Algebra

1. Suppose that a sequence $a_1,a_2,\ldots$ of positive real numbers satisfies $a_{k+1}\geq\frac{ka_k}{a_k^2+(k-1)}$for every positive integer $k$. Prove that $a_1+a_2+\ldots+a_n\geq n$ for every $n\geq2$.
2. Determine all functions $f:\mathbb{Z}\rightarrow\mathbb{Z}$ with the property that $f(x-f(y))=f(f(x))-f(y)-1$holds for all $x,y\in\mathbb{Z}$.
3. Let $n$ be a fixed positive integer. Find the maximum possible value of $\sum_{1 \le r < s \le 2n} (s-r-n)x_rx_s,$where $-1 \le x_i \le 1$ for all $i = 1, \cdots , 2n$.
4. Let $\mathbb R$ be the set of real numbers. Determine all functions $f:\mathbb R\to\mathbb R$ that satisfy the equation$f(x+f(x+y))+f(xy)=x+f(x+y)+yf(x)$for all real numbers $x$ and $y$.
5. Let $2\mathbb{Z} + 1$ denote the set of odd integers. Find all functions $f:\mathbb{Z} \mapsto 2\mathbb{Z} + 1$ satisfying $f(x + f(x) + y) + f(x - f(x) - y) = f(x+y) + f(x-y)$for every $x, y \in \mathbb{Z}$.
6. Let $n$ be a fixed integer with $n \ge 2$. We say that two polynomials $P$ and $Q$ with real coefficients are block-similar if for each $i \in \{1, 2, \ldots, n\}$ the sequences $$\begin{eqnarray*} P(2015i), P(2015i - 1), \ldots, P(2015i - 2014) & \\ Q(2015i), Q(2015i - 1), \ldots, Q(2015i - 2014) \end{eqnarray*}$$ are permutations of each other.
a) Prove that there exist distinct block-similar polynomials of degree $n + 1$.
b) Prove that there do not exist distinct block-similar polynomials of degree $n$.

Combinatorics

1. In Lineland there are $n\geq1$ towns, arranged along a road running from left to right. Each town has a left bulldozer (put to the left of the town and facing left) and a right bulldozer (put to the right of the town and facing right). The sizes of the $2n$ bulldozers are distinct. Every time when a left and right bulldozer confront each other, the larger bulldozer pushes the smaller one off the road. On the other hand, bulldozers are quite unprotected at their rears; so, if a bulldozer reaches the rear-end of another one, the first one pushes the second one off the road, regardless of their sizes. Let $A$ and $B$ be two towns, with $B$ to the right of $A$. We say that town $A$ can sweep town $B$ away if the right bulldozer of $A$ can move over to $B$ pushing off all bulldozers it meets. Similarly town $B$ can sweep town $A$ away if the left bulldozer of $B$ can move over to $A$ pushing off all bulldozers of all towns on its way. Prove that there is exactly one town that cannot be swept away by any other one.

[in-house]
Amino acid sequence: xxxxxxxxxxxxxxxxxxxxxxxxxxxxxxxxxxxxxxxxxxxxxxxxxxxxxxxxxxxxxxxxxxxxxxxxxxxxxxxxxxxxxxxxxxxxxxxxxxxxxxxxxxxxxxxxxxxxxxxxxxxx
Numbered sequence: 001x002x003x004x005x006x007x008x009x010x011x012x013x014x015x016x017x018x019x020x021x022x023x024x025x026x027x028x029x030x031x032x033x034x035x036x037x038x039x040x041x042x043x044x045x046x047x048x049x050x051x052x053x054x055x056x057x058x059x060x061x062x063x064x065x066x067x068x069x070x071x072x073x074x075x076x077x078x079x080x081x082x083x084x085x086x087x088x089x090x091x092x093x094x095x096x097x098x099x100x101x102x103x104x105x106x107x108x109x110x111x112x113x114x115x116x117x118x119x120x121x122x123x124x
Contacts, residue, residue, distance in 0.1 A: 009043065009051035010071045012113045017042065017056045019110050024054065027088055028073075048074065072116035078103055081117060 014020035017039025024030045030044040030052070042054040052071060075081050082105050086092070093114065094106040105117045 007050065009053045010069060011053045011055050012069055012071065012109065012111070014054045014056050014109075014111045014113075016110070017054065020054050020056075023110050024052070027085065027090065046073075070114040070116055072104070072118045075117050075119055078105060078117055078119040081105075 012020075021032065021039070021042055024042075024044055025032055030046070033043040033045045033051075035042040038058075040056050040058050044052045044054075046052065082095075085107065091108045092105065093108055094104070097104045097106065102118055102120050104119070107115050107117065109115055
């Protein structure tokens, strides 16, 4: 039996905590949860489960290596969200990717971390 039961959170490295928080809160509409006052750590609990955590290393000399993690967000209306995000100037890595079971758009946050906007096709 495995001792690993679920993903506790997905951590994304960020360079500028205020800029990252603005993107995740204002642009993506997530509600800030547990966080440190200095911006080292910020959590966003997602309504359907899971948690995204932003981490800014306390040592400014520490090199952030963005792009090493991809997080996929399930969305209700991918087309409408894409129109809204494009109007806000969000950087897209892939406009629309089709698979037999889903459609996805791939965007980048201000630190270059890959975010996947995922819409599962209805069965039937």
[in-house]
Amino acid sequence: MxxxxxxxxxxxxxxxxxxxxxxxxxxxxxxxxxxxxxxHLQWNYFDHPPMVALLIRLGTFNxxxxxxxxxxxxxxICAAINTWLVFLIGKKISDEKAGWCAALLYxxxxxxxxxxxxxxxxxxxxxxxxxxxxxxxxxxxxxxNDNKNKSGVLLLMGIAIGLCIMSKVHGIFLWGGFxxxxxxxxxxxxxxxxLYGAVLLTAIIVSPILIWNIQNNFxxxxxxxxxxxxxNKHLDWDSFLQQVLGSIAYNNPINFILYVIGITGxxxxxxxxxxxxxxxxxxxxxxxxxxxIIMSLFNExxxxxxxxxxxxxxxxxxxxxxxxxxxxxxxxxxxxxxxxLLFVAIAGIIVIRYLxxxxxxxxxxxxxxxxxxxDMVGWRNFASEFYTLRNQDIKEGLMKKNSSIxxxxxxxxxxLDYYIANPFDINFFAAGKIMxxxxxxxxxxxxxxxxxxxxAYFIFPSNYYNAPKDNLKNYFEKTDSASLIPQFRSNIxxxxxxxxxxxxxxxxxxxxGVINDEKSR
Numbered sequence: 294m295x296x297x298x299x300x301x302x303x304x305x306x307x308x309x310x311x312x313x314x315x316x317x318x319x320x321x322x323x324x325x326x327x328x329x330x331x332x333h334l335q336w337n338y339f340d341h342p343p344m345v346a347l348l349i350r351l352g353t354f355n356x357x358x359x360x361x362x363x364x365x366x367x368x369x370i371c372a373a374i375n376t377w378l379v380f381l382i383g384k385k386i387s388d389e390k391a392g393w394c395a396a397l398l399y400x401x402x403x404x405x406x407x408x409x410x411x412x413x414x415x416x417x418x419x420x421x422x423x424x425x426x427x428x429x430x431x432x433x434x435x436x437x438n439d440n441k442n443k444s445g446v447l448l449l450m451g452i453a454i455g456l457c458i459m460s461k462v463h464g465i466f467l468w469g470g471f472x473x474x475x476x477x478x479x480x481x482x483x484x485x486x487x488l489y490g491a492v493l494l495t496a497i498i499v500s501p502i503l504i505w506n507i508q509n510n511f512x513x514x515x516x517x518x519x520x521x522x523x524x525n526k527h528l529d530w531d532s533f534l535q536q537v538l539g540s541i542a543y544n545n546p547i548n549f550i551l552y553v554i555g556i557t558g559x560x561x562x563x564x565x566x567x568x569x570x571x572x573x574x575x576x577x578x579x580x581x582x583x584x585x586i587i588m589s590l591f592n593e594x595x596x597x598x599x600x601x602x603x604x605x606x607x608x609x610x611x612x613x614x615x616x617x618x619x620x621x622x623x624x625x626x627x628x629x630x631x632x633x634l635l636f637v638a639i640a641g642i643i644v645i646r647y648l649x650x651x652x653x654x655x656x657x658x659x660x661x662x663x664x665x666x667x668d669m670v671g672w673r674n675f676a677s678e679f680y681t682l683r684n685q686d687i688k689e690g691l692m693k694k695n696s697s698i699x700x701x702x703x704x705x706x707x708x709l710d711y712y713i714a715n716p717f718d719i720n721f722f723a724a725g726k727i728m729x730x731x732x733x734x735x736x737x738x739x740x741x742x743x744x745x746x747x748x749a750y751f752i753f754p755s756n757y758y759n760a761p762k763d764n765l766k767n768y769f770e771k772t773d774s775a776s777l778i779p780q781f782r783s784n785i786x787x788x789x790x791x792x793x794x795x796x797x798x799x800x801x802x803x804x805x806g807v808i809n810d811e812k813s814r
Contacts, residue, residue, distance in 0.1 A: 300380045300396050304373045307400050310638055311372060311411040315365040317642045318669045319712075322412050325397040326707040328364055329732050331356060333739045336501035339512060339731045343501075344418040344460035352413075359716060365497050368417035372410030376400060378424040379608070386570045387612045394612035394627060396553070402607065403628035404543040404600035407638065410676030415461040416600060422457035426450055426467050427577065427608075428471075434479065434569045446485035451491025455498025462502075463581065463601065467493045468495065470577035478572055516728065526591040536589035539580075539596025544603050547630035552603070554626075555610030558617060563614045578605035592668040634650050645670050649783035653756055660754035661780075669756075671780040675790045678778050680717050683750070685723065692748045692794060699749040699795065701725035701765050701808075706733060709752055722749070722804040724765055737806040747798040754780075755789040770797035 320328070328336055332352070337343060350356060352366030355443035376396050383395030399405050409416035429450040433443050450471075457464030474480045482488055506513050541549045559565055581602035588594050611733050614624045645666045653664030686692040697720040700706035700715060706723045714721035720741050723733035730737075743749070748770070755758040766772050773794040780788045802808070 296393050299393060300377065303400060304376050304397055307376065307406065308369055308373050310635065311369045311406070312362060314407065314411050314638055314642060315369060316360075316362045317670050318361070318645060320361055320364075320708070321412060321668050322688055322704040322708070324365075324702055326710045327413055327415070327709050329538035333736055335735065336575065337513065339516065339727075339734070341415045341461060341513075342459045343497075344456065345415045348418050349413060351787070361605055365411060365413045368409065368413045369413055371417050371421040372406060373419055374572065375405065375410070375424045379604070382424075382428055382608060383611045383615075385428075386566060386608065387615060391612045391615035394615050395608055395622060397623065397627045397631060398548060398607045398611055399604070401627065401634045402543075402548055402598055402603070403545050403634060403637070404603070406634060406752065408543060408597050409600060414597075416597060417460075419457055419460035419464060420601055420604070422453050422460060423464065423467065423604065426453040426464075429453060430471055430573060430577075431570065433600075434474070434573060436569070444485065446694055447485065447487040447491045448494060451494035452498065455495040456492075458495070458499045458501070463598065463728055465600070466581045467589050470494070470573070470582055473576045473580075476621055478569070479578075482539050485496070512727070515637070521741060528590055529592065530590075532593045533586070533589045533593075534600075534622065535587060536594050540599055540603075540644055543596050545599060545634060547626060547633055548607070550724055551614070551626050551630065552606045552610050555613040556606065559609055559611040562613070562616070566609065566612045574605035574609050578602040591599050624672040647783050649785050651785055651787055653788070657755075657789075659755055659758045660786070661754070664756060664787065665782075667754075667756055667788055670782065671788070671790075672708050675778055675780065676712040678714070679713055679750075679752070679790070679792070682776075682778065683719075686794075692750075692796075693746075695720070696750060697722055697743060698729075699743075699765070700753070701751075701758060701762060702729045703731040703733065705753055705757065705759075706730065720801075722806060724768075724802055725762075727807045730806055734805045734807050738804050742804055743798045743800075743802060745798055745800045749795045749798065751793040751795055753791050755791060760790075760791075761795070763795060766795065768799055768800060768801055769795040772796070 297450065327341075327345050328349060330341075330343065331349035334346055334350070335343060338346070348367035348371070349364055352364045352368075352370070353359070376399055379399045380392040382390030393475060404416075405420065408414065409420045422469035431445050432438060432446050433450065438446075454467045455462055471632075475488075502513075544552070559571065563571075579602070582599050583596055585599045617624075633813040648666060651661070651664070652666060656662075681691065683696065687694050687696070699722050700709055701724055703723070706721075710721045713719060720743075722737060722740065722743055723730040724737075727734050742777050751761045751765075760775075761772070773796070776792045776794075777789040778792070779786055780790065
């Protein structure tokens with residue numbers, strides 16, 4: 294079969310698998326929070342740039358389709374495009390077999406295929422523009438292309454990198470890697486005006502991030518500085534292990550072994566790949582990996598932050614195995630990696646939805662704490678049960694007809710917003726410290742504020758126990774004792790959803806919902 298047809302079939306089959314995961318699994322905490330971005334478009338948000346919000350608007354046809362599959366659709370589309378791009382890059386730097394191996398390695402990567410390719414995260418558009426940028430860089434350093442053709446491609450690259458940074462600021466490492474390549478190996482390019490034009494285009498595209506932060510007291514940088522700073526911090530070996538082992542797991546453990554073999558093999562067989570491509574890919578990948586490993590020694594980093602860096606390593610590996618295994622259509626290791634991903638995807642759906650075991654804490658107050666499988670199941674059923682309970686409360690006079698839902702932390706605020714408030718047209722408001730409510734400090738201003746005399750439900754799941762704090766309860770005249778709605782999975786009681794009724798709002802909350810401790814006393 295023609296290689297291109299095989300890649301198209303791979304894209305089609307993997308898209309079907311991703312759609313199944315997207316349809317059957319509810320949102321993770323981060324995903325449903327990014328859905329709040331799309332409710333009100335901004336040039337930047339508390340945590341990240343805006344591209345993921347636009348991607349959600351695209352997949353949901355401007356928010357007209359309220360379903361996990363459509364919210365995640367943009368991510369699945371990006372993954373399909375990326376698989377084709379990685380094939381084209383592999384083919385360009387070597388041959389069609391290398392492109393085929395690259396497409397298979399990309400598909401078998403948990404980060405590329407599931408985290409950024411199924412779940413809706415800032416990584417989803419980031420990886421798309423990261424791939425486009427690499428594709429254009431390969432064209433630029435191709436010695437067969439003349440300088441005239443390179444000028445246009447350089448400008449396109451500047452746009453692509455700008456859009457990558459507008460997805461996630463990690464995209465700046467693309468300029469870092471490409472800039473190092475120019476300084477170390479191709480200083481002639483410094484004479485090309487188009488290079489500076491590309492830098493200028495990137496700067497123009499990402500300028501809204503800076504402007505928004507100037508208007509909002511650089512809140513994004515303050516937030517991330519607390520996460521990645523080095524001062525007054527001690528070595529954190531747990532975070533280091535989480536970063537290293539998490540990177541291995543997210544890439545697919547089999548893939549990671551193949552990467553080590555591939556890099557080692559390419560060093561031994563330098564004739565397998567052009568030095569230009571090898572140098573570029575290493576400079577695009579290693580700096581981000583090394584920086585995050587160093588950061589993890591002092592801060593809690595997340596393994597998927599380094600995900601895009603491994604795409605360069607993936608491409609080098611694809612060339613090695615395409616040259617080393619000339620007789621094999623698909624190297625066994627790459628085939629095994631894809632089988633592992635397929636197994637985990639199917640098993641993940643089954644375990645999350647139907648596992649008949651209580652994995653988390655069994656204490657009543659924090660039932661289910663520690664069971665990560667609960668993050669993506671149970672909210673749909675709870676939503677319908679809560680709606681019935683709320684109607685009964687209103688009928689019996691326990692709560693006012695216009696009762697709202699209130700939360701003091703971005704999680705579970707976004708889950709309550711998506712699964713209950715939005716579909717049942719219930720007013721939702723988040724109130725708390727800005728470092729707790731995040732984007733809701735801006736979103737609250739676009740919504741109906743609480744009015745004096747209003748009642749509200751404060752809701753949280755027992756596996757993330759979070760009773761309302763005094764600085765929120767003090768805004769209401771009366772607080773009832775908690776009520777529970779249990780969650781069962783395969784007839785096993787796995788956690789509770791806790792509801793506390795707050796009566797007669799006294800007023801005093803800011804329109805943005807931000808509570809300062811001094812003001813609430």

2. We say that a finite set $\mathcal{S}$ of points in the plane is balanced if, for any two different points $A$ and $B$ in $\mathcal{S}$, there is a point $C$ in $\mathcal{S}$ such that $AC=BC$. We say that $\mathcal{S}$ is centre-free if for any three different points $A$, $B$ and $C$ in $\mathcal{S}$, there is no points $P$ in $\mathcal{S}$ such that $PA=PB=PC$.
a) Show that for all integers $n\ge 3$, there exists a balanced set consisting of $n$ points.
b) Determine all integers $n\ge 3$ for which there exists a balanced centre-free set consisting of $n$ points.
3. For a finite set $A$ of positive integers, a partition of $A$ into two disjoint nonempty subsets $A_1$ and $A_2$ is good if the least common multiple of the elements in $A_1$ is equal to the greatest common divisor of the elements in $A_2$. Determine the minimum value of $n$ such that there exists a set of $n$ positive integers with exactly $2015$ good partitions.
4. Let $n$ be a positive integer. Two players $A$ and $B$ play a game in which they take turns choosing positive integers $k \le n$. The rules of the game are:
• A player cannot choose a number that has been chosen by either player on any previous turn.
• A player cannot choose a number consecutive to any of those the player has already chosen on any previous turn.